* In the 1920’s, on a great Peruvian hacienda with a private bullring, my parents watched matadors-in-training fight cows. The full ritual was performed, except that injury to the animal was avoided, and it did not end in a kill. It was the best training, my parents were told: after las vacas bravas, bulls were easy. An angry bull goes for the matador’s cape, an angry cow goes for the matador.



TGAN — 6 Comments

  1. Ursula, this isn’t apropos of this particular piece, but something that has come to my mind several times after reading various of your books and blogs: I wish you were my grandmother.

    I could try to explain and expand, but really there’s no point.

  2. Ursula, I agree with you that the “Great American Novel” is a bankrupt category that needs retiring. But I thought the value of the comment thread on the Times article lay in the very strong cases that people made for books by female authors that easily met all the requirements of the so-called “Great American Novel”; my candidate (only one of a great many) was Willa Cather’s My Ántonia, a book with a powerful sense of history and nation that nonetheless manages to succeed at the level of domestic action as well. I don’t think any of us making such suggestions were really supporting the idea of a “Great American Novel”–we were just pointing out that it’s ridiculous to pretend that Melville and Twain possess something that female writers don’t have, that there are a great many books by women that meet the requirements of this ridiculous category. It’s just that a powerful group of male intellectuals and authors refuse to acknowledge the power of these books.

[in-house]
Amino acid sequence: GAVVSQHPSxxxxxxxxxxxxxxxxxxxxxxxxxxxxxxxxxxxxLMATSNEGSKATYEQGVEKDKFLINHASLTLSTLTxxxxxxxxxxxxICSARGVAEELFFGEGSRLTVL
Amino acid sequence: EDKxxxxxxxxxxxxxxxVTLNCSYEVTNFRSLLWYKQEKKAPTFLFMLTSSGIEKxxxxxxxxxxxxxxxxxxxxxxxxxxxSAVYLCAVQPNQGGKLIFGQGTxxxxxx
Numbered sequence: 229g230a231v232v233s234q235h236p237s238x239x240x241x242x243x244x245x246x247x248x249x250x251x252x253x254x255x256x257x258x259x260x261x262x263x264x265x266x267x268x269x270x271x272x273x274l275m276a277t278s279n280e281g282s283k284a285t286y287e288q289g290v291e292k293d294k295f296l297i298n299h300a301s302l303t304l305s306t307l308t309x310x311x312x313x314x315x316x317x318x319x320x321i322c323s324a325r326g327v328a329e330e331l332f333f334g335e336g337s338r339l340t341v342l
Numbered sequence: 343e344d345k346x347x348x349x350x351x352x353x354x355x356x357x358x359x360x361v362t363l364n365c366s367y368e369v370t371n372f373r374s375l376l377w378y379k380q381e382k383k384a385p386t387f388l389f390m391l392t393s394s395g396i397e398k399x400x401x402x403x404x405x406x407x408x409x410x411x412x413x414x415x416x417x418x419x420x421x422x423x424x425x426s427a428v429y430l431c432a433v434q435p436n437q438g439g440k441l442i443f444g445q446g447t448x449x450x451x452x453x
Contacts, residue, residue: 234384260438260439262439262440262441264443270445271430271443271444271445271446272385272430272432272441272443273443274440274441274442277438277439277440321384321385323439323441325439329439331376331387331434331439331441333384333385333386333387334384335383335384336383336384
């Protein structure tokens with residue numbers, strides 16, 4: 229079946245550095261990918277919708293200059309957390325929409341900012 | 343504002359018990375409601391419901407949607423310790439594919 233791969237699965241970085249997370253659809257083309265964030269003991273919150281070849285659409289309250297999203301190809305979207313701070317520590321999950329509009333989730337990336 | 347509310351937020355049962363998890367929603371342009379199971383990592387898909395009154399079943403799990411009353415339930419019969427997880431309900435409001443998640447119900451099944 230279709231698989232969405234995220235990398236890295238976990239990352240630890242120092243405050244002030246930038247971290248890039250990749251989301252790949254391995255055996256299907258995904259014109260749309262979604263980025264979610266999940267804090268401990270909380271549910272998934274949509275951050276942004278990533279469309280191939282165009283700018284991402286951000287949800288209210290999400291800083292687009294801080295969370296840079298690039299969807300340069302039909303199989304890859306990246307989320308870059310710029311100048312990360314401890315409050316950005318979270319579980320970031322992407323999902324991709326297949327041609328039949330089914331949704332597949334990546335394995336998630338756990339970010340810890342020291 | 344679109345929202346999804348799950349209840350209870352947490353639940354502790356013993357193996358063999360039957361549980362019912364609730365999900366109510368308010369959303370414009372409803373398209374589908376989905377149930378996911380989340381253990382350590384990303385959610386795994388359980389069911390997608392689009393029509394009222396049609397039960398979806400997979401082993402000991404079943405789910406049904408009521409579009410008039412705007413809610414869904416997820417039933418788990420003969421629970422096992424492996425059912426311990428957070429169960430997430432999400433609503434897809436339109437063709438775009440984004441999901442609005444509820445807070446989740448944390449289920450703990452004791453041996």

3. Thanks to commentor Chase Gunderud for the correction of the spelling of the name of the novelist Mohsin Hamid.

    –News Editor

  4. Dear Ursula, As far as I am concerned YOU have written a number of Great American Novels, some of which I have read many times, and some great short stories, and some great poetry too. Thank You, ..again and again. Every time I read one of the Earthsea books, or the ‘Hainish’ books, I thank you from the bottom of my heart.